Questions about voting law in Texas aren’t going away anytime soon, despite a recent Supreme Court ruling and a vote on redistricting maps by Texas lawmakers. To find out where the issue is headed from here, we spoke to Michael Li of the Texas Redistricting & Election Law blog.


Plus, State Sen. Wendy Davis was back in Washington Monday, this time headlining a luncheon at the National Press Club. Speaking in front of journalists and Democratic supporters, the woman who made headlines with a nearly 11-hour filibuster didn’t shy away from her rising profile. Click the YNN logo below to see the full episode.

Capital Tonight: Controversial committee hearings overshadow redistricting vote

Busy Thursday

Minutes after capping off a nearly six-hour debate on redistricting, many House lawmakers marched off to tackle even more contentious issues.

The House State Affairs Committee saw more than 400 people line up to testify on a list of abortion bills, including one that would ban abortion after 20 weeks. At the same time, the House Appropriations Committee considered Rep. Sylvester Turner’s plan to override the governor’s veto of Public Integrity Unit funding.

Regent Impeachment?

A high-ranking House member is making a move to impeach one of the UT regents, and it appears to have some support. Our Capital Commentators weighed in on that and more.

New Poll Numbers

Plus, James Henson of the Texas Politics Project joined us to talk about the latest poll numbers on abortion laws in Texas. Click the image below to hear more.

Capital Tonight: Abortion bills trigger fierce Senate debate

Fighting for Funding

Just days after Gov. Rick Perry’s veto stripped state funding for the Travis County’s Public Integrity Unit, District Attorney Rosemary Lehmberg made her first public appearance since a high-profile DWI arrest.

She’s asking the county to help close the $7.5 million funding gap, and making it clear that she has no plans to resign.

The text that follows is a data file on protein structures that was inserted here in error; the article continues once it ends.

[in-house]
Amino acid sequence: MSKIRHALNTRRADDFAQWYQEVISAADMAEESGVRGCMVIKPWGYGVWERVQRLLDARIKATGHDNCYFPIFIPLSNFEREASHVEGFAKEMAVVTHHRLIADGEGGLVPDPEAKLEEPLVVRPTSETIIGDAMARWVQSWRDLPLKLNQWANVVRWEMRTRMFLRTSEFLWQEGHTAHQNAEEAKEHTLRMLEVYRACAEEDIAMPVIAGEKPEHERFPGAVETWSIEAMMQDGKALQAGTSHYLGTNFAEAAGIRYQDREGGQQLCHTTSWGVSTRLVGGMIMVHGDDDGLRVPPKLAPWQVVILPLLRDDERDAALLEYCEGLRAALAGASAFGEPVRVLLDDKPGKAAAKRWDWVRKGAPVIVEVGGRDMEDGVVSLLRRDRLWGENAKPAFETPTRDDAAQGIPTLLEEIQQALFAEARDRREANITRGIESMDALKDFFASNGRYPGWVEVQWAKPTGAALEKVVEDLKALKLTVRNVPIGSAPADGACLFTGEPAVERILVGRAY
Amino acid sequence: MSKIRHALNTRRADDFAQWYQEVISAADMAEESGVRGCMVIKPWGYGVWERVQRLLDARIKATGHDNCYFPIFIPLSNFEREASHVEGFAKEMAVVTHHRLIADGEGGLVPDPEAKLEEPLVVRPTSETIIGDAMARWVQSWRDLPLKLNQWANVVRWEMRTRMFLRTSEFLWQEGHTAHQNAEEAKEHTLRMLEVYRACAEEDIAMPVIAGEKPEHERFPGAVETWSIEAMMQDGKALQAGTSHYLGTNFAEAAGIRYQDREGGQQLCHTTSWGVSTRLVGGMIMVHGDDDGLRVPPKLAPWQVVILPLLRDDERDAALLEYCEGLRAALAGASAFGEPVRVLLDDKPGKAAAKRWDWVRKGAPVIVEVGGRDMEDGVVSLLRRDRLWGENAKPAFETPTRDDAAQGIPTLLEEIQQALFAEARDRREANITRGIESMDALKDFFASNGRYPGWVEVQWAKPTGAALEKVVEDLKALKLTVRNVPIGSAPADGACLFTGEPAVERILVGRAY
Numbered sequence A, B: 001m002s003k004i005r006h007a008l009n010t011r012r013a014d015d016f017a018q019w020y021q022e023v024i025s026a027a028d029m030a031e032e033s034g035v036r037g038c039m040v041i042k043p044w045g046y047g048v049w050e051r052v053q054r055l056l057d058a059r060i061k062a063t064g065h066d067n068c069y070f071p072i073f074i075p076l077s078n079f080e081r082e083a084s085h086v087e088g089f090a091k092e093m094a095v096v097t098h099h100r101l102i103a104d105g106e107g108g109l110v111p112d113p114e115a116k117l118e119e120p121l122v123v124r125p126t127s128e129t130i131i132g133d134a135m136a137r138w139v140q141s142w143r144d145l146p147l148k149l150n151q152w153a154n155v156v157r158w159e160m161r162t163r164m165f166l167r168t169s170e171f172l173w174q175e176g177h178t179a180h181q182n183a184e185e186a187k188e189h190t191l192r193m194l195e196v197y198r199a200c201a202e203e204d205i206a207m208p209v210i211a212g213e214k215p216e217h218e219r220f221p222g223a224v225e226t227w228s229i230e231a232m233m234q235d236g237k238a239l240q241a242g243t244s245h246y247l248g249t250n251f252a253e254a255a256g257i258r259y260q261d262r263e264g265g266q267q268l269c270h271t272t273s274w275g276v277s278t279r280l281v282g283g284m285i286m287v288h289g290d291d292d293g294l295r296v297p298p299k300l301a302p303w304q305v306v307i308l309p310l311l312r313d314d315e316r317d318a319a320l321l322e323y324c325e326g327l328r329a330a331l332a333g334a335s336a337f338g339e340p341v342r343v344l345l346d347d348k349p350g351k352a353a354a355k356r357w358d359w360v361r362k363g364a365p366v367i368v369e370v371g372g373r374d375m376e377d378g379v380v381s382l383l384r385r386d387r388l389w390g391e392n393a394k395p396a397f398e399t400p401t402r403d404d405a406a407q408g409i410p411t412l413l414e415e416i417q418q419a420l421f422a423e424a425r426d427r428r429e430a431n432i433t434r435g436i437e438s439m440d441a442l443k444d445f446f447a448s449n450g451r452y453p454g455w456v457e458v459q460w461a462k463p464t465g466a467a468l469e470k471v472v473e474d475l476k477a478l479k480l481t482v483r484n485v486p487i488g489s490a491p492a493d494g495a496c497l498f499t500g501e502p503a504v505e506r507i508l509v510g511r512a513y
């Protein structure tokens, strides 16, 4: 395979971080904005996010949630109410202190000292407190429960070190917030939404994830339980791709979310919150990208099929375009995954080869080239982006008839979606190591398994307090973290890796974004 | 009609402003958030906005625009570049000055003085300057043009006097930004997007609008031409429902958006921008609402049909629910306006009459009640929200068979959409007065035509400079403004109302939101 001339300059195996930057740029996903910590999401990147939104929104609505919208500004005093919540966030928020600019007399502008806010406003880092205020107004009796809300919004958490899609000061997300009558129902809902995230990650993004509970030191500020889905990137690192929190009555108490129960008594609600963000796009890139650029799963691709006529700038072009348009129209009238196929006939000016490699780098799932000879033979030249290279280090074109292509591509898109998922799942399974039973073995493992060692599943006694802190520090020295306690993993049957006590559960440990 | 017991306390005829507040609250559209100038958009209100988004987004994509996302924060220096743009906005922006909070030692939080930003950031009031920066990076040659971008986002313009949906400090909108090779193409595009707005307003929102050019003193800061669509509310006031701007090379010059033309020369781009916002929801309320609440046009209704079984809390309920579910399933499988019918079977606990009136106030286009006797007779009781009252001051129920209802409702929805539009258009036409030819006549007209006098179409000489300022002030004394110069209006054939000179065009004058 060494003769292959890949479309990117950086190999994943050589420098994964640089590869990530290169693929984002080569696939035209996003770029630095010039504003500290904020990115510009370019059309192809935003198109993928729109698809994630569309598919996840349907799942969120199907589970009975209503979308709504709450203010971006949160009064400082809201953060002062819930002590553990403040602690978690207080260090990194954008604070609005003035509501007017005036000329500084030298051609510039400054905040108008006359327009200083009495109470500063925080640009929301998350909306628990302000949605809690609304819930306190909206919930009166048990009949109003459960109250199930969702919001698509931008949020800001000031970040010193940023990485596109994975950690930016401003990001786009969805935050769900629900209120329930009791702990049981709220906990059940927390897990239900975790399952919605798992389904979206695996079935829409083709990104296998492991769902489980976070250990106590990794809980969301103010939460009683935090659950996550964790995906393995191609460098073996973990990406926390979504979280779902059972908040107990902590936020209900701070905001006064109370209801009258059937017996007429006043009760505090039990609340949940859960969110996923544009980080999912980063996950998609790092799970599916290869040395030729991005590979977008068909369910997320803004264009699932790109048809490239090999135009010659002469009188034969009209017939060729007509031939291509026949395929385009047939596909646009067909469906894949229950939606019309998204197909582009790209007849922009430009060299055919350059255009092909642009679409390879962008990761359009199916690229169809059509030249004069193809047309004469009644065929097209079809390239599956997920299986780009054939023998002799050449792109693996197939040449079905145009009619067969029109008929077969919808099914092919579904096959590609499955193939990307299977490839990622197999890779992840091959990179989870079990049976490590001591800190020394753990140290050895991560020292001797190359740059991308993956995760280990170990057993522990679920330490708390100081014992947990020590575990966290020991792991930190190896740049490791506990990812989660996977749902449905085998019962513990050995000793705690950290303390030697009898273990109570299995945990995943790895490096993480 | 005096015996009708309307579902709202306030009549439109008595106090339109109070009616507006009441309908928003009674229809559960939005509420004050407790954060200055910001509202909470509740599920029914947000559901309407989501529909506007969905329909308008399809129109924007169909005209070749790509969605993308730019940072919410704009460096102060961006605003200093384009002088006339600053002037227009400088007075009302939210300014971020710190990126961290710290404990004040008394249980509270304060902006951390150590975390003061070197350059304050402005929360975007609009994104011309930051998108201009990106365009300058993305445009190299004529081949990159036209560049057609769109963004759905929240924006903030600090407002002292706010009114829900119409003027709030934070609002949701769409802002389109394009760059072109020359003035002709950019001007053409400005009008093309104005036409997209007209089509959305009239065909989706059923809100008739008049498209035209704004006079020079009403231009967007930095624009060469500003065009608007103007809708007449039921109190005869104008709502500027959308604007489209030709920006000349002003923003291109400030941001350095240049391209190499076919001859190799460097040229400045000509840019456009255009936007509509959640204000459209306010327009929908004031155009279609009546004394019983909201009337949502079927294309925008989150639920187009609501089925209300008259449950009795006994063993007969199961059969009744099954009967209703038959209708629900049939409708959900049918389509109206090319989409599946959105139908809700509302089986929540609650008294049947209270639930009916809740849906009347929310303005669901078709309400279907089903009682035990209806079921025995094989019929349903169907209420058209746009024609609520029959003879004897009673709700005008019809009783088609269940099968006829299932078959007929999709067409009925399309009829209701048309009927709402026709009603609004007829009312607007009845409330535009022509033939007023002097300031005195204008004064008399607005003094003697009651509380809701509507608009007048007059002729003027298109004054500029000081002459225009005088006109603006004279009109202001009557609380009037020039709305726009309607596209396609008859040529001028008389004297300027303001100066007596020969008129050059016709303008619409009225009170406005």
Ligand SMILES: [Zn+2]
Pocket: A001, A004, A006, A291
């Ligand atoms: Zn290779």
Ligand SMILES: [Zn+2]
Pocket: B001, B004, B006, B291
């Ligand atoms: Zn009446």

In Tuesday’s show, we heard more from Lehmberg, plus commentary from attorney Kerry O’Brien, who has been a prominent voice in calling for her resignation.

Abortion Debate

The Senate took up the governor’s special session call to pass legislation that would further restrict abortion in the state Tuesday. Among the bill’s most controversial components was a measure known as the fetal pain bill, which would block abortions after 20 weeks. The bill’s author, Sen. Glenn Hegar, eventually agreed to withdraw the measure, saying he believes taking it out is the most practical way lawmakers can enhance the quality of care while protecting life with the amount of time left in the session.

Capital Commentators

Plus, our Capital Commentators weighed in on the ongoing battle over the Public Integrity Unit, along with the rest of the day’s political news.

Commissioners Court considers funding Public Integrity Unit

Travis County District Attorney Rosemary Lehmberg made her first public appearance Tuesday since serving jail time for a DWI. Lehmberg went before the Travis County Commissioners Court asking the county to help restore the $7.5 million dollars in funding that was cut from the Public Integrity Unit.

Gov. Rick Perry vetoed that portion of the budget Friday, making good on threats to do so if Lehmberg refused to step down. Perry has taken aim at Lehmberg’s personal integrity after she was arrested and served time for drunk driving in April. Jailhouse video showed Lehmberg acting unruly and repeatedly demanding that the employees “call Greg,” apparently in reference to Sheriff Greg Hamilton. Lehmberg has maintained she has no intention of stepping down.

The Texas Legislature provides a little more than $3 million in funding per year. That money allows the Public Integrity Unit to carry out its three main functions. The unit has statewide authority over cases involving insurance and motor fuel fraud. It also handles public corruption cases, which occur in Travis County. Funding for the Public Integrity Unit will run out September 1.

Critics have criticized Perry’s veto, saying the governor is using his power to shut down investigations into his office and its programs. “I can’t remember a time when there hasn’t been an attempt in the legislature to mess with the Public Integrity Unit,” Lehmberg said.

The court agreed Tuesday to explore ways to include funding in the county budget. “We have to make decisions on unfunded mandates all the time,” Commissioner Ron Davis said. “We’ll do the best we can.”

The commissioners requested that the District Attorney’s office provide a breakdown of the Public Integrity Unit’s expenditures and agreed to explore ways to work it into the next budget without an undue burden on taxpayers. They will meet again, in two weeks.

UPDATED: Perry facing abuse of power complaint

Updated to add comment from Gov. Perry